The SPEAKER pro tempore (Mr. Taylor of North Carolina). Under a previous order of the House, the gentleman from Illinois [Mr. Hyde] is recognized for 5 minutes.
- Mr. HYDE. Mr. Speaker, today I am, along with my Judiciary Committee colleagues, Bill McCollum, Lamar Smith, and Bob Barr introducing a revised antiterrorism bill.
- On June 20, the Judiciary Committee favorably reported the Comprehensive Antiterrorism Act of 1995 (H.R. 1710). Since that date, concerns have been raised by a number of Members about certain provisions in H.R. 1710. Responding to these concerns, Bob Barr and I have developed a new compromise version of the bill. The new language responds to the concerns voiced by several Members, yet maintains the effectiveness of the bill to deter future terrorist acts. The new bill does the following:
- Requires the marking of plastic explosives to allow for more effective detection;
- Prohibits the possession, importation, and sale of nuclear materials;
- Prohibits foreign terrorist organizations from raising money in the United States;
- Prevents entry into the United States by members and representatives of foreign terrorist groups;
- Reforms asylum laws to stop their manipulation by foreign terrorists;
- Establishes a special deportation procedure for alien terrorists that satisfies due process and protects our national sovereignty;
- Encourages the development of a machine-readable visa and passport system;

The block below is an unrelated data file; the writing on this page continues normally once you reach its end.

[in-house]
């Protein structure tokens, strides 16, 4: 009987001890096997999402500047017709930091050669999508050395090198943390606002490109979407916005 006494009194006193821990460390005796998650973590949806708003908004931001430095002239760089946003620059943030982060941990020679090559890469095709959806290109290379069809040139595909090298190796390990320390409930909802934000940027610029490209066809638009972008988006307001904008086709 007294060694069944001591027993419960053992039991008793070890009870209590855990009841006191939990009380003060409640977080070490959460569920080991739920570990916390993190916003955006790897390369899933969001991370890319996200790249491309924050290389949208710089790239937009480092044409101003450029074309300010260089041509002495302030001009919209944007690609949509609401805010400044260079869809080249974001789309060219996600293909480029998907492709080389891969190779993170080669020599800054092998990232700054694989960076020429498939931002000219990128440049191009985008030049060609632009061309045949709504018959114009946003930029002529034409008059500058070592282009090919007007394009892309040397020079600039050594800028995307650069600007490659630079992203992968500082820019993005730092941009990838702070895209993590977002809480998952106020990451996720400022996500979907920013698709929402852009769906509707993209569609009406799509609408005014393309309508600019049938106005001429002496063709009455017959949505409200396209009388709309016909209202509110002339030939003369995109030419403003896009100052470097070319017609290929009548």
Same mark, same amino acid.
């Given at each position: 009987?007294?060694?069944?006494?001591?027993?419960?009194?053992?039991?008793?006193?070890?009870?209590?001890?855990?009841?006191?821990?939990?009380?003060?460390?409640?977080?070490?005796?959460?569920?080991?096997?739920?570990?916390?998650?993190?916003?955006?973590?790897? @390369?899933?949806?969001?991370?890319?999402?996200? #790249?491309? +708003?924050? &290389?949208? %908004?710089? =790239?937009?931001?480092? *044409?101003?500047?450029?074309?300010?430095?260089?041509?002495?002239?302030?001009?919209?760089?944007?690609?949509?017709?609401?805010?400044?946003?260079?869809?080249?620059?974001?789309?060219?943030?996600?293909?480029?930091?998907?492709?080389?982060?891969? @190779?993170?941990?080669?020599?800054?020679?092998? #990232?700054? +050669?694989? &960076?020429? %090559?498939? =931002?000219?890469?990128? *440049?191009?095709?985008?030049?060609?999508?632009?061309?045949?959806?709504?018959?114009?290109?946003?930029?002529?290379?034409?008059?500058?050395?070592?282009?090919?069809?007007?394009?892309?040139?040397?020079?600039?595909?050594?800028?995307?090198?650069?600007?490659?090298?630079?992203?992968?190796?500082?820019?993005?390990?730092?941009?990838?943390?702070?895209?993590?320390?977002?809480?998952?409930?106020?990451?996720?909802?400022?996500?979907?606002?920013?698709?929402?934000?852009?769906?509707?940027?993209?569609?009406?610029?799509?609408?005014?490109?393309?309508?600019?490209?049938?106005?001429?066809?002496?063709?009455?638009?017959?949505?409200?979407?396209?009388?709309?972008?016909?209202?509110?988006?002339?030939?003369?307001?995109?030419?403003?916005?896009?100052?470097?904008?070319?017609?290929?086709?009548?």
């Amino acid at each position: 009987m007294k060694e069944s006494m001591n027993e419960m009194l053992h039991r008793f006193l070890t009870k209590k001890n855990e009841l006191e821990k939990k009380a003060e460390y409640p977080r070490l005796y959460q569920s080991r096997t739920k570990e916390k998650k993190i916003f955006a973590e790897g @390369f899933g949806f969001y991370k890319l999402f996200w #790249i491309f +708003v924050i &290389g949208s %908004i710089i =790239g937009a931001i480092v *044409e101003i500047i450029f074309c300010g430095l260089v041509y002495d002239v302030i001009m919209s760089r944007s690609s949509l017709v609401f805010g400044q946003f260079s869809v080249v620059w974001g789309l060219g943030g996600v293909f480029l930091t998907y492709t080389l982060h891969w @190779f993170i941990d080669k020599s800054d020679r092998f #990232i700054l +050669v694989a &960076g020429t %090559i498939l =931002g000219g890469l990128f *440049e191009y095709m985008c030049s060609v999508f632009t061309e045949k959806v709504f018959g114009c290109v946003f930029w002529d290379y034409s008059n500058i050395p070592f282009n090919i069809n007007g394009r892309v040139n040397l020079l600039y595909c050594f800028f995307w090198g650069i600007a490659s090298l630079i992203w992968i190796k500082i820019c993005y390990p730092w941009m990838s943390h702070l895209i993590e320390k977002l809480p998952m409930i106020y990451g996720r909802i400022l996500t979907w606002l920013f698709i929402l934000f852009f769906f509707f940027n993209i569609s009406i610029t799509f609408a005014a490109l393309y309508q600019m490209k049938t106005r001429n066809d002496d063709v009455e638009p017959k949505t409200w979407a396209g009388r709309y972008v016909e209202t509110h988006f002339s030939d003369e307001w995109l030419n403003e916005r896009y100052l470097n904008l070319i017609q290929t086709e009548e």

- Authorizes an employer engaged in the business of providing private security services to investigate an employment applicant's legal status and his authorization to work;
- Authorizes lawsuits by Americans against foreign nations responsible for state-sponsored terrorist activity; and
- Provides for the expedited expulsion of illegal aliens from the United States.
- Importantly, the bill also:
- Adds Habeas Corpus reform provisions;
- Adds the Victim Restitution Act of 1995 (H.R. 665);
- Adds the Criminal Alien Deportation Improvements Act of 1995 (H.R. 668);
- Deletes the enhanced wiretap authorizations, including emergency wiretap expansion and roving wiretap modifications;
- Deletes the authorization of military involvement in civilian law enforcement situations;
- Deletes the overly broad definition of terrorism;
- Deletes funding for a domestic counterterrorism center and for additional FBI personnel; and finally,
- Deletes the 40-percent civil penalty surcharge intended to fund the Digital Telephony law.
- Important and significant changes have been made in this bill. The revised version deserves broad support. A `yes' vote on this legislation is a vote for a more secure America and the fight against crime.
- I urge your support for this important measure.
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